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Rise in outsourcing calls for attention

21 February 2024

Banks outsource certain services to take advantage of lower costs, more flexibility and greater efficiency as well as to optimise the use of their own resources and expertise. However, outsourcing comes with risks that banks should assess thoroughly to ensure business continuity and operational resilience and to limit losses and disruptions. In line with the supervisory priorities, ECB Banking Supervision is strongly committed to build robust operational resilience frameworks. Supervised institutions need to tackle vulnerabilities stemming from their increasing operational reliance on third-party providers, taking into account the growing complexity of supply chains and potential concentration risks.

Since 2022, the ECB has collected annually the outsourcing registers of all its supervised banks. This is based on the requirements of the European Banking Authority (EBA) Guidelines on outsourcing arrangements (EBA/GL/2019/02), which highlight the need for sound risk management frameworks to assess, manage and mitigate outsourcing risks.

In this article, the ECB is sharing the main highlights from the 2023 data collection to help banks gain a deeper understanding of current outsourcing practices and trends and to support them in making risk assessments and peer comparisons.

Increased outsourcing, including from third-country providers

The data show that banks are increasingly using third-party providers to support their operations. The number of outsourcing contracts has increased markedly over recent years and so has the amount budgeted by banks for their outsourcing strategies, especially for the outsourcing of critical functions.

Even though a growing number of external providers are offering their services within the EU, more than 30% of the total outsourcing budget of significant banks is concentrated on ten providers, most of which are headquartered outside the EU (mainly in the United States). This relatively short list of major providers has remained rather stable in recent years, although banks’ reliance on a few large providers is potentially leading to idiosyncratic and systemic concentration risks.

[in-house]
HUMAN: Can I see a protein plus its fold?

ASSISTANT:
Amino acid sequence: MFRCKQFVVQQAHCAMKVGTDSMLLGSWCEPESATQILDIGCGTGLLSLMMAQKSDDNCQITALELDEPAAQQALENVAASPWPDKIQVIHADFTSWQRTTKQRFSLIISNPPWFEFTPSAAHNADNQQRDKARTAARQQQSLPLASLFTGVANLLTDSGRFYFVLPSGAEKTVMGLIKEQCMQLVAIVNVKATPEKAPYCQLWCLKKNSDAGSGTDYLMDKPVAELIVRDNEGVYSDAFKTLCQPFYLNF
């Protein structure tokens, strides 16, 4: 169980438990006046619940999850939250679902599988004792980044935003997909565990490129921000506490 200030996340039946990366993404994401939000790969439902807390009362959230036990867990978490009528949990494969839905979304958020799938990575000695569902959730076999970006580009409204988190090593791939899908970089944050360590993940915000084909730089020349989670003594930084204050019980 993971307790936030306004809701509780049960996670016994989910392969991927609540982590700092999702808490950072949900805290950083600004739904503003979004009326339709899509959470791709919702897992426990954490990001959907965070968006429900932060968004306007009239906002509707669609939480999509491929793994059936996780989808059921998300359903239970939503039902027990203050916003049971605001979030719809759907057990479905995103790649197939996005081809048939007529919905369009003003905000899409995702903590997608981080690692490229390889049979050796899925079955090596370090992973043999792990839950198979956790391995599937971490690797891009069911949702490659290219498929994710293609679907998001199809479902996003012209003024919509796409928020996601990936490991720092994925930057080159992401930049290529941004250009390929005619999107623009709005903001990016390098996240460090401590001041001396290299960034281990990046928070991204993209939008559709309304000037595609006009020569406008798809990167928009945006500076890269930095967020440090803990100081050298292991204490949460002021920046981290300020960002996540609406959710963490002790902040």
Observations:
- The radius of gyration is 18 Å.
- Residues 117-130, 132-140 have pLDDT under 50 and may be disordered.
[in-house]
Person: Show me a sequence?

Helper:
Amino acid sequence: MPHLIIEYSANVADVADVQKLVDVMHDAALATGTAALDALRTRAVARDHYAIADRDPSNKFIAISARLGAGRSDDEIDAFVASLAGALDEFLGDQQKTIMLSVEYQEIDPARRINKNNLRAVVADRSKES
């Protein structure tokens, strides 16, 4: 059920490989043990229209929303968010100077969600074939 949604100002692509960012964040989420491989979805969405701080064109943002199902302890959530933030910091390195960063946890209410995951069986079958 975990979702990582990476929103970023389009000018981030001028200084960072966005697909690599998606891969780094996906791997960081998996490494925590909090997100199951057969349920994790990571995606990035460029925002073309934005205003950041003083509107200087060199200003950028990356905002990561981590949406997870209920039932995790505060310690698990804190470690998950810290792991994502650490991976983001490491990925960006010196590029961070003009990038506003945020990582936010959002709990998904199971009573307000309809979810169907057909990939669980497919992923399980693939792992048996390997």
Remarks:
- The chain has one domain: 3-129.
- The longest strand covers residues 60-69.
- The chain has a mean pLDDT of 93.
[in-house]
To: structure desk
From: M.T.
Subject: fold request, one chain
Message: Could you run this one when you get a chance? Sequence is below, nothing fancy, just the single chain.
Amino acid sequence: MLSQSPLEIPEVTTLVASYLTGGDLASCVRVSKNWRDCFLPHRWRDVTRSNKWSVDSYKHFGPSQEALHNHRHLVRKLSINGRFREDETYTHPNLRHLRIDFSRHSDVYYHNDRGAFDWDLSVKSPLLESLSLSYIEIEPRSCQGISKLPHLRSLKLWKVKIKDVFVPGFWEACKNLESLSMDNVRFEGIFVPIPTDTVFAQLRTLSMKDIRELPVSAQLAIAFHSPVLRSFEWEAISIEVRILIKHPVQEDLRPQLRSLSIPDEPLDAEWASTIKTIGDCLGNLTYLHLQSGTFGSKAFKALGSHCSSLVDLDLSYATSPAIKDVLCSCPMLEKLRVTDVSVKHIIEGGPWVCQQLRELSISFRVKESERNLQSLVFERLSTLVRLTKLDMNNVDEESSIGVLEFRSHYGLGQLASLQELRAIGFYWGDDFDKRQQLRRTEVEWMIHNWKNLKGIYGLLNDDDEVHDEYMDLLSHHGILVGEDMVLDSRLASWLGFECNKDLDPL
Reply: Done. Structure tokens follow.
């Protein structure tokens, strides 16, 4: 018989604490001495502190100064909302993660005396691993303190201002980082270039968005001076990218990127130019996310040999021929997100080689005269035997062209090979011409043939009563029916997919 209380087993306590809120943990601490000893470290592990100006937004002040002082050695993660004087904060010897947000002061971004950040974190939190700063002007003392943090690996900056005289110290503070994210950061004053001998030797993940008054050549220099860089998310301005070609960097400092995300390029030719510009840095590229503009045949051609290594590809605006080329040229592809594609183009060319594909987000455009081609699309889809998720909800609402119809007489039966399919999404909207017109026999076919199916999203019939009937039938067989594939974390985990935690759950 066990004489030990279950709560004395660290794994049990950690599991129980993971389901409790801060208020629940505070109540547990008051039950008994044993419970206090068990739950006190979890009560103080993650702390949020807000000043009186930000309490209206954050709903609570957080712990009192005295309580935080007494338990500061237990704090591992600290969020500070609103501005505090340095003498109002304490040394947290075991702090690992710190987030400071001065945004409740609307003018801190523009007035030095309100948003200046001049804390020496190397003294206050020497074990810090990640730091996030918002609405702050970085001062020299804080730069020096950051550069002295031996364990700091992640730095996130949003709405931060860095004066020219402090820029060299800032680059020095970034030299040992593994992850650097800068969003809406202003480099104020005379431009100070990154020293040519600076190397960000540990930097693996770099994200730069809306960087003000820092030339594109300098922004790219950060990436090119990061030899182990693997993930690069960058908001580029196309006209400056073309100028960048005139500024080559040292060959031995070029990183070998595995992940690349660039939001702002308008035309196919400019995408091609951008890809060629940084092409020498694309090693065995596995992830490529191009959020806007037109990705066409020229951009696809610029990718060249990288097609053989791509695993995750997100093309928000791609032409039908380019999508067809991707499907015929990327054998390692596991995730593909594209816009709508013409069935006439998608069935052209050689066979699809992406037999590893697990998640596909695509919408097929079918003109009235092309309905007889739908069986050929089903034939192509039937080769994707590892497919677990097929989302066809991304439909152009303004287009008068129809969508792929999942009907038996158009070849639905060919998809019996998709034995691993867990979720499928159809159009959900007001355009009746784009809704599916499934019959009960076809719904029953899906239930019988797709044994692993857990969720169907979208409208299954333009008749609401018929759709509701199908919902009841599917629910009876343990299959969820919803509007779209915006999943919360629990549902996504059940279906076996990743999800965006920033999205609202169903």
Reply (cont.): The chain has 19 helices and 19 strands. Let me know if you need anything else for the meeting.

While IT-related outsourcing is widespread as almost all significant institutions outsource some IT services, banks also outsource many other functions, including critical functions. For instance, more than 80 significant banks outsource critical payment and administrative services, and more than half of the banks outsource some of their lending and investment services.

From all contracts with external providers covering critical functions about 50% concern time-critical activities. Around 20% cannot be reintegrated in the banks in case of issues, and around 5% cannot be substituted, for example, through other providers. 

The location of third-party service providers’ headquarters and the country from which the services are provided can be another risk driver for banks. A total of 73 significant institutions are using critical services provided from non-EU countries: approximately 22% of all outsourced critical and extra-group services are offered from non-EU countries, predominantly from the United Kingdom and the United States, but also from Switzerland and India.

A related observation is banks’ increasing interest in services provided in the cloud. Almost all significant institutions use cloud services, and most of the providers are located outside the EU. Cloud services account for approximately 15% of all outsourcing contracts.

In view of the EU’s relatively strict data protection rules, it is worth noting that 70% of outsourcing contracts involve the processing of personal data, and more than 70 significant banks outsource such critical functions to providers outside the EU, like the United States, the United Kingdom and Switzerland.

Outsourcing risk management must improve

Given these developments, it is essential that banks assess and manage their outsourcing risks appropriately to ensure that the system as a whole remains resilient.

Moreover, sound risk assessments are not only warranted to protect against systemic risks, they are also essential to identify idiosyncratic risks, which may become relevant depending on the characteristics of the outsourcing arrangement and the outsourced function. The ECB therefore investigated banks’ risk controls and found that more than 10% of contracts covering critical functions are not compliant with the relevant regulations. In addition, over the last three years 20% of these non-compliant contracts have not been subject to a proper risk assessment and 60% have not been audited.

This is a clear sign that the banks concerned are not giving sufficient consideration to their outsourcing risks. ECB Banking Supervision will follow up on this to ensure that these banks comply with the regulations.

From January 2025, the application of the Digital Operational Resilience Act (DORA) will provide further instruments for the oversight of critical providers of IT services and will foster the harmonisation of rules to ensure that the entire financial system remains operationally resilient. At the same time, given banks’ high reliance on outsourcing, ECB Banking Supervision will continue to monitor all outsourcing arrangements that are particularly relevant or critical for banks and will thereby focus on specific aspects, such as risks associated with cloud outsourcing and concentration risks.


European Central Bank

Directorate General Communications

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